FAQs #9

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Q9. My mother is dying now, from an inoperable brain tumor which has recurred for the third time. She is 79 years old and she understands that she is dying. She is at home with Hospice care. Mother has been active in the professional community here where she lives for the better part of her life. My question is, it seems that every time I read the paper I see another obituary for one of her long time friends. Mother is able to understand when we talk with her and though she can't articulate well, she is able to communicate with us. Is it a good idea to tell her about all her friends who are dying or would it be upsetting to her? it just seems so depressing to me; I'm afraid she would be sad. My brother thinks I should tell her, but I'm just not sure. What should I do?

A9. Karla Kauffman:
Since your mother still is alert and knows she is dying, you might consider talking with her about her thoughts and feelings about death in general. Is she able to discuss it as part of the cycle of her life? Does she see it as unfair and untimely? In other words, how resolved is your mother about her own death? This could give you clues about whether to bring up the news of her dying friends. Sadness is actually a healthy reaction as one faces death. It is a step in the acceptance of this finality. Good grieving allows for discussion of these losses and fears. Her sadness upon hearing the news would be appropriate. You might observe whether she declines conversation, or has other other signs of withdrawal as you discuss death. These could signal a depressive reaction which would call for intervention. — But sadness itself would not.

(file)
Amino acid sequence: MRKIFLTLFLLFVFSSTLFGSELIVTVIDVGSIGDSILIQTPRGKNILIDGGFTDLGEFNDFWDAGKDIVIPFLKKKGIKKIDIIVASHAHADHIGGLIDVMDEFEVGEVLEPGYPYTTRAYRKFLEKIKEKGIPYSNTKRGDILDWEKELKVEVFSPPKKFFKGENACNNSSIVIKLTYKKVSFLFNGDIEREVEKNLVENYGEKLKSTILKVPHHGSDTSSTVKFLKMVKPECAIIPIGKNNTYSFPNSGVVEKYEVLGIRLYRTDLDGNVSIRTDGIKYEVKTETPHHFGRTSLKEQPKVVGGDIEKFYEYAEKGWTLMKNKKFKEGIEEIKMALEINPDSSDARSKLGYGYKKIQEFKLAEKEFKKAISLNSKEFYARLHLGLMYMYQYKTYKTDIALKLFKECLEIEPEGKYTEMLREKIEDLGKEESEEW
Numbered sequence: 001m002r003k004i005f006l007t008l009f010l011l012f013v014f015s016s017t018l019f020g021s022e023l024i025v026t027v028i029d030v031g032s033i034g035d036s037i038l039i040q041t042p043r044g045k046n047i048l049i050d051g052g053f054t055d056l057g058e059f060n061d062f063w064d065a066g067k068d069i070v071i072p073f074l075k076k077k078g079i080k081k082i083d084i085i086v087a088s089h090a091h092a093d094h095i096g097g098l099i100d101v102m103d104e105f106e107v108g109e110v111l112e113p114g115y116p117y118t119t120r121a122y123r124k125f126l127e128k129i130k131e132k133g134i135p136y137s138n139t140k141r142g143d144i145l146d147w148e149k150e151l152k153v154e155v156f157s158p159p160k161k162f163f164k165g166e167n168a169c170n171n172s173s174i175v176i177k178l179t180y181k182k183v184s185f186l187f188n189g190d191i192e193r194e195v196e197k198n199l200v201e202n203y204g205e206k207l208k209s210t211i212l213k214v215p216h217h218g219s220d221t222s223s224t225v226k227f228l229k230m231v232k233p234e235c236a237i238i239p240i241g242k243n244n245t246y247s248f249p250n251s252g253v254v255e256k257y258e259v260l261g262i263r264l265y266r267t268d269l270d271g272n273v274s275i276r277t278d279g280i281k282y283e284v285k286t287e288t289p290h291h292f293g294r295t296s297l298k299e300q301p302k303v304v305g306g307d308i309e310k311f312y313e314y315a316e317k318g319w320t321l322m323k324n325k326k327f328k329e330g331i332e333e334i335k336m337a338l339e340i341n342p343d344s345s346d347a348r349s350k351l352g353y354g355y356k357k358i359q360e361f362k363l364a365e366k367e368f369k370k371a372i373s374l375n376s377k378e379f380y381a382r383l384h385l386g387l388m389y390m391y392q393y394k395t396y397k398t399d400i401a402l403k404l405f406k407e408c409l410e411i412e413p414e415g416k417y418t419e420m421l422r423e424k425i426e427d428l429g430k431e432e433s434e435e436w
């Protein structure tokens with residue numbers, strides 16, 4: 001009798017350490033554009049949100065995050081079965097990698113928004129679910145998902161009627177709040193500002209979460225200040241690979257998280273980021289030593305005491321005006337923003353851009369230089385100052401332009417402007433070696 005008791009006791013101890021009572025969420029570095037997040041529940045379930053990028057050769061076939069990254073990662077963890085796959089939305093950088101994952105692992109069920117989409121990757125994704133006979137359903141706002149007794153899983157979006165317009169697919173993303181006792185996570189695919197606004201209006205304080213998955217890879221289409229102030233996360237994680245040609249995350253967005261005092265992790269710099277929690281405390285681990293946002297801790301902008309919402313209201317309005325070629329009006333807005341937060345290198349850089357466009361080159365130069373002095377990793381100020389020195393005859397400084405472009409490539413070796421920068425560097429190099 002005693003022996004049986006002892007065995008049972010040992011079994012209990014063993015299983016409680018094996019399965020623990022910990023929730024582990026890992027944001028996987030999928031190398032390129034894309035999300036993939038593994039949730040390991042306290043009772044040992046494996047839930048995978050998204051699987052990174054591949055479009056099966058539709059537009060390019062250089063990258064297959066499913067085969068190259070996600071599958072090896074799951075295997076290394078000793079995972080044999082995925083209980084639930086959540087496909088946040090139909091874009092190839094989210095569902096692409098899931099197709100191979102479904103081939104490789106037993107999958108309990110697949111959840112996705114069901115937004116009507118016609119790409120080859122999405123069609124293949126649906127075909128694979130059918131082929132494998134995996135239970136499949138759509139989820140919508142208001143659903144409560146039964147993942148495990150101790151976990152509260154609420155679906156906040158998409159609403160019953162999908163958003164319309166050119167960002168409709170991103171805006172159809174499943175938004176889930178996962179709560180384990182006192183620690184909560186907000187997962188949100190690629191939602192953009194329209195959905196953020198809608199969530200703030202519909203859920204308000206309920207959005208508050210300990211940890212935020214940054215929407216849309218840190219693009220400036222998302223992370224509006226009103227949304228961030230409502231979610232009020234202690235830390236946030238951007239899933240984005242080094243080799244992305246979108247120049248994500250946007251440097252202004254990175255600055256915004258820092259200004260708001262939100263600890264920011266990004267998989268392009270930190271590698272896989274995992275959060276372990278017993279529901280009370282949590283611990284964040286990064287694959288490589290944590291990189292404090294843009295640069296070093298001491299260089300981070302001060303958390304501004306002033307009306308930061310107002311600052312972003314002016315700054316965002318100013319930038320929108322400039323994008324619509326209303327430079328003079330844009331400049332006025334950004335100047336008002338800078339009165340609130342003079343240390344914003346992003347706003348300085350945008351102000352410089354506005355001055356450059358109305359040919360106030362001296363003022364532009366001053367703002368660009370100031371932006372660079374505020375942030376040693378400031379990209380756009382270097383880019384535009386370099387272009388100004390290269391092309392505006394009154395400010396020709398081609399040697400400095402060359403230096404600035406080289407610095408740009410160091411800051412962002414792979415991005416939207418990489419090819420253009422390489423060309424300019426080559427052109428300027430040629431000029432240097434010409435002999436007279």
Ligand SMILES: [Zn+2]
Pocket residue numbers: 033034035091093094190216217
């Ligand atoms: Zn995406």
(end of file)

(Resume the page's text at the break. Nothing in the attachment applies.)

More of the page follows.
You might also want to consider how her dying is affecting you personally. It is easy for us to assume our loved ones react the same way we do to events, but that's not the case. Do you have someone with whom to talk about your own sadness and the immense loss you are facing? Once we are aware of and addressing our own feelings, we don't need to protect others from their emotions as much. Sometimes our parents are more ready to talk about this than we are.

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Leslie Roy
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